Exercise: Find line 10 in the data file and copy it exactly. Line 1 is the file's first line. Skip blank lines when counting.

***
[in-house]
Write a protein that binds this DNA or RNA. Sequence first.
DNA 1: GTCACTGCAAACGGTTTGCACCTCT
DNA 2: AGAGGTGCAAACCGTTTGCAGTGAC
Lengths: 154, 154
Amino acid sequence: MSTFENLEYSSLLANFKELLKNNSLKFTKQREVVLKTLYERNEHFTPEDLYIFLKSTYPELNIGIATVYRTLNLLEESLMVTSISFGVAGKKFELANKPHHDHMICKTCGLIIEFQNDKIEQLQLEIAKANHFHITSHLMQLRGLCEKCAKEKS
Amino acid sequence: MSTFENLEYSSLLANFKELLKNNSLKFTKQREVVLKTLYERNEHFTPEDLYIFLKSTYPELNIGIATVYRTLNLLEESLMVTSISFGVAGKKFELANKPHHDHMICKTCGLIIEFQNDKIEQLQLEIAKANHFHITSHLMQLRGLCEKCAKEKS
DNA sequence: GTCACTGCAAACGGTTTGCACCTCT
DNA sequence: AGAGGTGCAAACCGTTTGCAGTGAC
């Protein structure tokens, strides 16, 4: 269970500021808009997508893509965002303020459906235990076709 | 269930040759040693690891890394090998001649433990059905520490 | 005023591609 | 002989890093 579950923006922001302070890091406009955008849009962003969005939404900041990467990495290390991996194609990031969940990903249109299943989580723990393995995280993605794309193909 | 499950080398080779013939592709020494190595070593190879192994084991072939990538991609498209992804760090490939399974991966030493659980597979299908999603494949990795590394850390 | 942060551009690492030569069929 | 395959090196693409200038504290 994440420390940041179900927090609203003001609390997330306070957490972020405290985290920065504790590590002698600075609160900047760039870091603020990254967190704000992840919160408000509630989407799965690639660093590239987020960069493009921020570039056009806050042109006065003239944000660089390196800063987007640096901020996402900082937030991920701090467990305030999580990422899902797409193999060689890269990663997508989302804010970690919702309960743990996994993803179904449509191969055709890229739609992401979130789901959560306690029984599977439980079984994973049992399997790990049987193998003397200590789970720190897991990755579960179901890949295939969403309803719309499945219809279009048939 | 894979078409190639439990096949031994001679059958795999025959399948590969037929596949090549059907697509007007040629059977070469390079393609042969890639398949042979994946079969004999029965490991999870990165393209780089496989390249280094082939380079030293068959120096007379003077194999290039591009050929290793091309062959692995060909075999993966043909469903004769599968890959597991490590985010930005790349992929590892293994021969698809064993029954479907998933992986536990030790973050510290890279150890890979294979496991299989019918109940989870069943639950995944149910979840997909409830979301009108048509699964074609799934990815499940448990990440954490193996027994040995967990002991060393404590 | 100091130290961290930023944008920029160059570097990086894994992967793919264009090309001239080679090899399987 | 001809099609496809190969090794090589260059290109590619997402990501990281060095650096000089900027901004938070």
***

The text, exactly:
């Protein structure tokens, strides 16, 4: 269970500021808009997508893509965002303020459906235990076709 | 269930040759040693690891890394090998001649433990059905520490 | 005023591609 | 002989890093 579950923006922001302070890091406009955008849009962003969005939404900041990467990495290390991996194609990031969940990903249109299943989580723990393995995280993605794309193909 | 499950080398080779013939592709020494190595070593190879192994084991072939990538991609498209992804760090490939399974991966030493659980597979299908999603494949990795590394850390 | 942060551009690492030569069929 | 395959090196693409200038504290 994440420390940041179900927090609203003001609390997330306070957490972020405290985290920065504790590590002698600075609160900047760039870091603020990254967190704000992840919160408000509630989407799965690639660093590239987020960069493009921020570039056009806050042109006065003239944000660089390196800063987007640096901020996402900082937030991920701090467990305030999580990422899902797409193999060689890269990663997508989302804010970690919702309960743990996994993803179904449509191969055709890229739609992401979130789901959560306690029984599977439980079984994973049992399997790990049987193998003397200590789970720190897991990755579960179901890949295939969403309803719309499945219809279009048939 | 894979078409190639439990096949031994001679059958795999025959399948590969037929596949090549059907697509007007040629059977070469390079393609042969890639398949042979994946079969004999029965490991999870990165393209780089496989390249280094082939380079030293068959120096007379003077194999290039591009050929290793091309062959692995060909075999993966043909469903004769599968890959597991490590985010930005790349992929590892293994021969698809064993029954479907998933992986536990030790973050510290890279150890890979294979496991299989019918109940989870069943639950995944149910979840997909409830979301009108048509699964074609799934990815499940448990990440954490193996027994040995967990002991060393404590 | 100091130290961290930023944008920029160059570097990086894994992967793919264009090309001239080679090899399987 | 001809099609496809190969090794090589260059290109590619997402990501990281060095650096000089900027901004938070």